Restaurants play a major role in the success of Texas’ economy. In 2019, the Texas Restaurant Association reported $70.6 billion dollars in sales at eating and drinking establishments in the Lone Star State.
While the Texas restaurant industry is booming, even during the Coronavirus pandemic, no one considers restaurant liability while sipping on their favorite alcoholic beverage.
Do you know who to sue if a patron of a bar, club, or lounge causes an auto accident due to intoxication from being over-served?
Complex legal matters like the dram shop case described above require the assistance of an experienced Houston personal injury attorney from Johnson Garcia LLP.
With a knowledgeable injury attorney by your side, you have a better chance of successfully determining where to place the responsibility, and recovering financial compensation for the vehicle damage, medical bills, loss of income, pain and suffering, and more.
First things first: Where does the name “dram shop” come from?
While the name “dram shop” is outdated, the issues and laws surrounding its title are alive in the 21st century today.
The below terms will help you understand why this name is used in the law:
- Dram: A “dram” is a small unit of measurement for alcohol, equating to .75 of a teaspoon.
- Dram shop: A “dram shop” is a bar, tavern, or any commercial business where alcoholic beverages are consumed and sold.
History of dram shop laws in Texas
Although dram shop laws exist in almost every state across the United States, they were officially formed in Texas over 30 years ago when a decision was made that would change the nature of bar operations forever.
On June 12, 1986, in the matter of El Chico v. Poole, the Texas Supreme Court decided that bars owe a duty to the public to not knowingly sell alcohol to an already intoxicated person.
Because the decision did not provide clear language as to how establishments should be held responsible, as a result, the Texas Legislature immediately enacted what is known today as the Texas Dram Shop Act.
The goal of the legislature was to protect the public from drunk driving and alcohol establishments from lawsuits.
Understanding the Texas Dram Shop Act
The Texas Dram Shop Act is governed by Chapter 2 of the Texas Alcoholic Beverage Code. As mentioned above, the Act was put in place to protect people from drunk drivers, including the drunk driver himself, and ensure restaurants protect its patrons while providing services under the laws of Texas.
Additionally, the Act protects these alcohol-serving establishments from civil lawsuits.
The Texas Dram Shop Act covers lawsuits brought by victims of accidents caused by drunk drivers, against the businesses who over-served the patron while the patron was clearly already under the influence.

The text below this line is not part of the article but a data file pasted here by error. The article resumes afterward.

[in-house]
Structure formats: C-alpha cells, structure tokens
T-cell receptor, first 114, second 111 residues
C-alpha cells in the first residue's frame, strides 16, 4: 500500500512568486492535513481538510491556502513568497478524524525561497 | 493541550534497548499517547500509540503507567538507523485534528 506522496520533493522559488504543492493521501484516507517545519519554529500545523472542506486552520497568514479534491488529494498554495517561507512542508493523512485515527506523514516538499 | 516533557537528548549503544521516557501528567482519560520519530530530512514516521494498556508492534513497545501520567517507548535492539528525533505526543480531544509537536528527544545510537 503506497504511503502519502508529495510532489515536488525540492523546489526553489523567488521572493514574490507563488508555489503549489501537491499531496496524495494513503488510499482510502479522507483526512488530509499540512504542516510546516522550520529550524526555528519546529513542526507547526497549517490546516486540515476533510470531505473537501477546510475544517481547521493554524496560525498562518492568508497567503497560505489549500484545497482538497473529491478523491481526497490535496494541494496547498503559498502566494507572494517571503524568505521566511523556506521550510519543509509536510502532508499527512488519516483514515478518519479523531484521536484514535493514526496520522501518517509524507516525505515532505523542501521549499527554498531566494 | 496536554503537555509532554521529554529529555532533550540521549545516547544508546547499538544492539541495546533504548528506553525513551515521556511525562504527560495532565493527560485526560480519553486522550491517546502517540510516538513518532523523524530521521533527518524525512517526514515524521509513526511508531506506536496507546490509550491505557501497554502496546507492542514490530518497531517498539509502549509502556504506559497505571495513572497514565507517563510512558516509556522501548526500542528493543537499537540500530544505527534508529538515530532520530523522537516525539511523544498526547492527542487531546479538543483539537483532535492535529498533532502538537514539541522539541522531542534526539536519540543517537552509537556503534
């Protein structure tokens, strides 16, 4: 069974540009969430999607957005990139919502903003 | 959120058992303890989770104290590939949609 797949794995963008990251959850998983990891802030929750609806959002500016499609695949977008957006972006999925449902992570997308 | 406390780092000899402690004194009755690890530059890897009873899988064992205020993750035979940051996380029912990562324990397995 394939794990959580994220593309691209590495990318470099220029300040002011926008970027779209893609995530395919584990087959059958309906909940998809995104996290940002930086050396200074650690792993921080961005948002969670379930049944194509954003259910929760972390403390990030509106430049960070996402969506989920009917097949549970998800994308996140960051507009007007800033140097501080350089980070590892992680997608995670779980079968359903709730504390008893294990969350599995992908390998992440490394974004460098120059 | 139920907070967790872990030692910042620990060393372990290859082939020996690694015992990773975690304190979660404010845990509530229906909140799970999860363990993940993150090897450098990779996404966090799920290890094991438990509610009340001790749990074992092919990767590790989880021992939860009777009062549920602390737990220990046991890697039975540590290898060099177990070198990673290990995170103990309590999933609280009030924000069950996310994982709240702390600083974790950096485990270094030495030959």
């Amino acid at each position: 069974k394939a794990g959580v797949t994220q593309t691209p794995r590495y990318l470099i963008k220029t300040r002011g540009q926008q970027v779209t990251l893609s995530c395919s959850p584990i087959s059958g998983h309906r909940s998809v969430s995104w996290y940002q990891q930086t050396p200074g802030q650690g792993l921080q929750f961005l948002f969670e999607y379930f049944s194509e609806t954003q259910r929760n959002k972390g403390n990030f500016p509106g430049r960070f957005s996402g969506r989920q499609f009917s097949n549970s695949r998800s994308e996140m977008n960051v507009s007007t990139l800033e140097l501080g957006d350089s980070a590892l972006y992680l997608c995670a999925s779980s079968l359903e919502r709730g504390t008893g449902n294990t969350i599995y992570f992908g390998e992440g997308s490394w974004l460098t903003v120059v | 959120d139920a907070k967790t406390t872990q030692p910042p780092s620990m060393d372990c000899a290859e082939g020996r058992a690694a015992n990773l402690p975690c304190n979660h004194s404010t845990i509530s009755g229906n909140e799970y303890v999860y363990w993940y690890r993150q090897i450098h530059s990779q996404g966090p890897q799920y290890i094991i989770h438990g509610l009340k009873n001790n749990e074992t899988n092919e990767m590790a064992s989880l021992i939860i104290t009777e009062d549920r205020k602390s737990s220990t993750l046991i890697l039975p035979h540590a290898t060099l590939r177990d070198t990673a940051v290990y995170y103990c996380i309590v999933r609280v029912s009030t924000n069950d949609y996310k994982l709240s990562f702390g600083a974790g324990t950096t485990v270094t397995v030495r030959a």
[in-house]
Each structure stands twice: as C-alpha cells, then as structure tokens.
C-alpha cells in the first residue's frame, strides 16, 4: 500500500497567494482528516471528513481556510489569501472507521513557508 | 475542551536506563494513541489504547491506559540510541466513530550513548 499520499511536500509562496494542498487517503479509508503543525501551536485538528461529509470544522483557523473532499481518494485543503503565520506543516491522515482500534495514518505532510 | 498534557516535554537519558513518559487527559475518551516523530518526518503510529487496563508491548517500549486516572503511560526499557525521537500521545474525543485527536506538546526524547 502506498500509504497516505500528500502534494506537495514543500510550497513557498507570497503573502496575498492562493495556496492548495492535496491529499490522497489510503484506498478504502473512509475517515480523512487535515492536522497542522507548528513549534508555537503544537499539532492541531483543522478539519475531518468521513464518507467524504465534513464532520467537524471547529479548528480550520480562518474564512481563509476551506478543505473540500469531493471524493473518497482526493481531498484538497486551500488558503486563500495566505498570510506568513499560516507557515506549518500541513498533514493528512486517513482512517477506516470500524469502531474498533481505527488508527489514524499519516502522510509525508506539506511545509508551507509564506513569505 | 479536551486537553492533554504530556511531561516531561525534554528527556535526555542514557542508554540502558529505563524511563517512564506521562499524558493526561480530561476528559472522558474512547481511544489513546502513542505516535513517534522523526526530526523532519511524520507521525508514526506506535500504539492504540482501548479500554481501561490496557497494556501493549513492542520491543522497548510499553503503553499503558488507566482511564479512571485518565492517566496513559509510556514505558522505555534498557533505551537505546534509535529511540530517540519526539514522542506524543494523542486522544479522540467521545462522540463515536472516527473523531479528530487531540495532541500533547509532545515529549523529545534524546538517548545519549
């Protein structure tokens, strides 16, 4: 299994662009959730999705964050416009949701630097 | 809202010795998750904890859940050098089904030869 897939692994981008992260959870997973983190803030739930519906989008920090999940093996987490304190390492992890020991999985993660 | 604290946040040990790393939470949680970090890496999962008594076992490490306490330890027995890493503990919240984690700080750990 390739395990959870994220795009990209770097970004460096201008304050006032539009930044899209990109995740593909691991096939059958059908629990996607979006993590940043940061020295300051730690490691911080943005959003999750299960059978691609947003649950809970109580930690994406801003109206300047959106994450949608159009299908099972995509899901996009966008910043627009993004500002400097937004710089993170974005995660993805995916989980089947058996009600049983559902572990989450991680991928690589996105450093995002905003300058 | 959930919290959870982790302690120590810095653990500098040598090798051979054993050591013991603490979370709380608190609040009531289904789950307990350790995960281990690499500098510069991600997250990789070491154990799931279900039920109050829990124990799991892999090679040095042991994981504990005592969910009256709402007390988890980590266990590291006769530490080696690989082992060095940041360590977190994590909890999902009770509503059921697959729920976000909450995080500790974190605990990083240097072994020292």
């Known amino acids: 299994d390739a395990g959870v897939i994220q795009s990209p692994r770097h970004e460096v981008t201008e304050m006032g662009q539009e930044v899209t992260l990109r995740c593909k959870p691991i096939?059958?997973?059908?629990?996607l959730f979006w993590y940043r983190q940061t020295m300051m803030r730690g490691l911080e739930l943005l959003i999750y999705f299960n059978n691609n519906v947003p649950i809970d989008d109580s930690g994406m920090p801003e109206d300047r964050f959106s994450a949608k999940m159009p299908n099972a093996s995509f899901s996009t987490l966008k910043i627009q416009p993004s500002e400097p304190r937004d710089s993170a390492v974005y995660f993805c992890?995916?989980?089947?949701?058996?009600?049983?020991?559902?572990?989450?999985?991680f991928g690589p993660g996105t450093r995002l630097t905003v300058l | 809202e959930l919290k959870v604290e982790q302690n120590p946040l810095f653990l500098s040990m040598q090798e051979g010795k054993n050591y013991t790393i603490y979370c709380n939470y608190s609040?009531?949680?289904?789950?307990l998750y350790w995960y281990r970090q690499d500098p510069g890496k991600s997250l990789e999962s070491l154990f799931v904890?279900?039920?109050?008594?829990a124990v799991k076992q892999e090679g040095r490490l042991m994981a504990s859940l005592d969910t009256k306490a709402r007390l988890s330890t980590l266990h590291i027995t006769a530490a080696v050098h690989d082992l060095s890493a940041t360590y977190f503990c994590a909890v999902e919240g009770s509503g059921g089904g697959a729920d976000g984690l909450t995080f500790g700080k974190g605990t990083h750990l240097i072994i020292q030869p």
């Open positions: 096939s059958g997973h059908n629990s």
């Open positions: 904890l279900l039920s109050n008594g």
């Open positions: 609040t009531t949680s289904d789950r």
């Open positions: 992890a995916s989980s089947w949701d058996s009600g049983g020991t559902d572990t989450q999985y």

While Texas’ dram shop laws are specific to businesses, they do not apply to individuals or private party social hosts serving alcohol in their homes.
In Texas, social hosts have no responsibility for party guests that drink too much, then leave the home and cause a fight or drunk driving accident.
To apply the dram shop laws to a personal injury lawsuit in Houston or any other city within the State of Texas, an injured victim must prove liability.
How to use Texas dram shop law and prove liability
Texas dram shop laws are strict when it comes to determining fault. The blame can be placed on one or more parties including, the bar customer, the injured driver, or the restaurant and its bartenders.
Without the help and knowledge of an experienced Houston injury lawyer, it’s hard to decide who is responsible. To apply the dram shop law to a personal injury matter, the injured victim must prove:
- The patron was a minor; or
- The establishment over-served the alcohol;
- It was clear to the establishment that the patron was already intoxicated to the point he could harm his life and the lives of others; and
- The patron’s intoxication was the primary and foreseeable cause of the victim’s injuries.
Proving over-service and other elements of a dram shop are crucial such as in the case of a Cypress, Texas bartender charged with over-serving a driver. The driver later caused a deadly car crash. ABC 13 reported that surveillance video showed the driver was “visibly intoxicated.”
Meeting the criteria of a dram shop case is more than he said, she said. The injured party needs evidence to back up the dram shop claim.
For example, the type of evidence a Houston personal injury attorney may seek in order to prepare a Texas dram shop claim include:
- Receipts from establishments with date, time, and type of alcohol purchased
- Investigations by the Texas Alcoholic Beverage Commission (TABC)
- Video surveillance
- Witness testimony
- Reports such as police and toxicology
- Field sobriety test results
Building a dram shop case takes skill. The representation of an experienced injury attorney can be the difference between being made whole again or suffering in silence due to another’s negligence.
Contact an experienced Houston injury attorney about your dram shop case
If you were injured in an auto accident because a restaurant over-served their customer, contact a top-rated Houston personal injury attorney to discuss your dram shop claim. Recovering financial compensation on your own is not easy and it’s hard to trust insurance companies and restaurants to own up to their faults and act swiftly to compensate your damages. Schedule your free consultation with Johnson Garcia LLP today so we can work hard to get you the compensation and justice you deserve.